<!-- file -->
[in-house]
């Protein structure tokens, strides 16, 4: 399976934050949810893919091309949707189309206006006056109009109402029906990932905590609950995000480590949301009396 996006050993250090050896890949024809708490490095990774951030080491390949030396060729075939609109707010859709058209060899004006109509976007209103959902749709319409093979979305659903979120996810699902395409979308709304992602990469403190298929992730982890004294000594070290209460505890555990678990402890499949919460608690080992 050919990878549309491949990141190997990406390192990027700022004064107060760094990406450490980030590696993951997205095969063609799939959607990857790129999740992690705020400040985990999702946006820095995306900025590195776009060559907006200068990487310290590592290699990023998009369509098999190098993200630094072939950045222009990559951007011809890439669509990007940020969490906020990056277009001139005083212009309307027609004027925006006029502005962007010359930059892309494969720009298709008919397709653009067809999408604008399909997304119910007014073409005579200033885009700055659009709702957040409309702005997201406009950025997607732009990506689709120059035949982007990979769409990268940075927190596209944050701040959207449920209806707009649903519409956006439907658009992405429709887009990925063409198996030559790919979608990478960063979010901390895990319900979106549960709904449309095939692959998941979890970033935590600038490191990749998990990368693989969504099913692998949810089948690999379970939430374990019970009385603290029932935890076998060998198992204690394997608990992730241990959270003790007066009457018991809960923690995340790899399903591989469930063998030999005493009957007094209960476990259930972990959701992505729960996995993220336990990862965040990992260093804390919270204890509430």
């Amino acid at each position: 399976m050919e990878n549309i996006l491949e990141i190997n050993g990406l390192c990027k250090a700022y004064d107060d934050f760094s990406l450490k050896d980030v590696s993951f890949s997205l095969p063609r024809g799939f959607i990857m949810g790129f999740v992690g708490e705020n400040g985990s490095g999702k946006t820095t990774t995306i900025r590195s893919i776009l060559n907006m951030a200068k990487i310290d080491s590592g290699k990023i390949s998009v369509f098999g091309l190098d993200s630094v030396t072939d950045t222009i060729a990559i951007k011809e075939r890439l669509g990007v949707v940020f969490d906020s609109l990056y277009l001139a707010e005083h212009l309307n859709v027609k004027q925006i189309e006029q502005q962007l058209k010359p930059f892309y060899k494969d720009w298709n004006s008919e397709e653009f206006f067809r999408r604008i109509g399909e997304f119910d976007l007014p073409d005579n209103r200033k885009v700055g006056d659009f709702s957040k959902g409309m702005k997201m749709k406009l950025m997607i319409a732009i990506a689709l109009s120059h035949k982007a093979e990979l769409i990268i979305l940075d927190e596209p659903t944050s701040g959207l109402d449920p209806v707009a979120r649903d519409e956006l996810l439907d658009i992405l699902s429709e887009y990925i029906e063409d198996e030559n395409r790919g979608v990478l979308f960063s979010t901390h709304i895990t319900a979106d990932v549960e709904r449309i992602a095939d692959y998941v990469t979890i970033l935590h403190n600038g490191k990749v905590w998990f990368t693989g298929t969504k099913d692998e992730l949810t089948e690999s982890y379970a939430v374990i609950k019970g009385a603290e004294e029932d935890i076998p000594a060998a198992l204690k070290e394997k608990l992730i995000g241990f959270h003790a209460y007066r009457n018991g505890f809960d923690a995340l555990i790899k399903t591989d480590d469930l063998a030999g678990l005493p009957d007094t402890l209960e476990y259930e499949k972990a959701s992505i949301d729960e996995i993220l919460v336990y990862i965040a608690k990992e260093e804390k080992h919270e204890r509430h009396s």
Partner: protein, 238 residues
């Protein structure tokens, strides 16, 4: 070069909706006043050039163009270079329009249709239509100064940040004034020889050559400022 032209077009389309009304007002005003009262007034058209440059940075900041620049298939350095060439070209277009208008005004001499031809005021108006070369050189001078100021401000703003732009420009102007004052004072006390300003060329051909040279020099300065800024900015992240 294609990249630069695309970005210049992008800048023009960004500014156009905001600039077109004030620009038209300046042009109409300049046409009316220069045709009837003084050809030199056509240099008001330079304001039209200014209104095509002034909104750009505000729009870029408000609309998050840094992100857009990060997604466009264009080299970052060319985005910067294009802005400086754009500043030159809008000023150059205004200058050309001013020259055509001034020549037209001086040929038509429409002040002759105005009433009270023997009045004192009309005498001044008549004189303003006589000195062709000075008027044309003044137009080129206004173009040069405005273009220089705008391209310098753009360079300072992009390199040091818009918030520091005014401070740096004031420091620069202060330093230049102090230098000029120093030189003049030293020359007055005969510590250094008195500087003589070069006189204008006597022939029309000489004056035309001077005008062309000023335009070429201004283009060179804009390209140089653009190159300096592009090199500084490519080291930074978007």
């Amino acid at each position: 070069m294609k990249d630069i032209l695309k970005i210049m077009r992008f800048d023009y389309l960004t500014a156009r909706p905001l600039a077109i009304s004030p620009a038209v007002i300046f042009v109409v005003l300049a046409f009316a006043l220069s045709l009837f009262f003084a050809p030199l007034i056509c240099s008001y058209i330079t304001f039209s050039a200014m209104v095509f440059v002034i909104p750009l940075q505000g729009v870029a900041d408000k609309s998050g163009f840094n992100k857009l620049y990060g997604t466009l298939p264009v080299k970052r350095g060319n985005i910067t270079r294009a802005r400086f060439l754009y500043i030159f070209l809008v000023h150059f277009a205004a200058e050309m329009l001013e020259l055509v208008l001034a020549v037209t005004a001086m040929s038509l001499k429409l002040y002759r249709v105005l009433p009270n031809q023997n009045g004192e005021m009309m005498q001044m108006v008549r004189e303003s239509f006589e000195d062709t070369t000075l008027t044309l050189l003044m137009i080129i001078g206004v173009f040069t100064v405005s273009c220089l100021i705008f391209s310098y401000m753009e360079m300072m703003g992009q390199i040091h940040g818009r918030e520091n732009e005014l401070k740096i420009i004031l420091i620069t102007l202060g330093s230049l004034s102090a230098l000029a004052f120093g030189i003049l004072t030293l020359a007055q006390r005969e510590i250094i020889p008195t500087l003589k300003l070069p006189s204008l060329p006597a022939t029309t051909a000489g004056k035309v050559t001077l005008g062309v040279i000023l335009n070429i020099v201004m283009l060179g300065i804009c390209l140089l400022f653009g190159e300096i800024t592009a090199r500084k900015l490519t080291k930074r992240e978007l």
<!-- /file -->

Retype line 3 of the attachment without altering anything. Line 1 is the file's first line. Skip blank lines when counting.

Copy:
């Amino acid at each position: 399976m050919e990878n549309i996006l491949e990141i190997n050993g990406l390192c990027k250090a700022y004064d107060d934050f760094s990406l450490k050896d980030v590696s993951f890949s997205l095969p063609r024809g799939f959607i990857m949810g790129f999740v992690g708490e705020n400040g985990s490095g999702k946006t820095t990774t995306i900025r590195s893919i776009l060559n907006m951030a200068k990487i310290d080491s590592g290699k990023i390949s998009v369509f098999g091309l190098d993200s630094v030396t072939d950045t222009i060729a990559i951007k011809e075939r890439l669509g990007v949707v940020f969490d906020s609109l990056y277009l001139a707010e005083h212009l309307n859709v027609k004027q925006i189309e006029q502005q962007l058209k010359p930059f892309y060899k494969d720009w298709n004006s008919e397709e653009f206006f067809r999408r604008i109509g399909e997304f119910d976007l007014p073409d005579n209103r200033k885009v700055g006056d659009f709702s957040k959902g409309m702005k997201m749709k406009l950025m997607i319409a732009i990506a689709l109009s120059h035949k982007a093979e990979l769409i990268i979305l940075d927190e596209p659903t944050s701040g959207l109402d449920p209806v707009a979120r649903d519409e956006l996810l439907d658009i992405l699902s429709e887009y990925i029906e063409d198996e030559n395409r790919g979608v990478l979308f960063s979010t901390h709304i895990t319900a979106d990932v549960e709904r449309i992602a095939d692959y998941v990469t979890i970033l935590h403190n600038g490191k990749v905590w998990f990368t693989g298929t969504k099913d692998e992730l949810t089948e690999s982890y379970a939430v374990i609950k019970g009385a603290e004294e029932d935890i076998p000594a060998a198992l204690k070290e394997k608990l992730i995000g241990f959270h003790a209460y007066r009457n018991g505890f809960d923690a995340l555990i790899k399903t591989d480590d469930l063998a030999g678990l005493p009957d007094t402890l209960e476990y259930e499949k972990a959701s992505i949301d729960e996995i993220l919460v336990y990862i965040a608690k990992e260093e804390k080992h919270e204890r509430h009396s």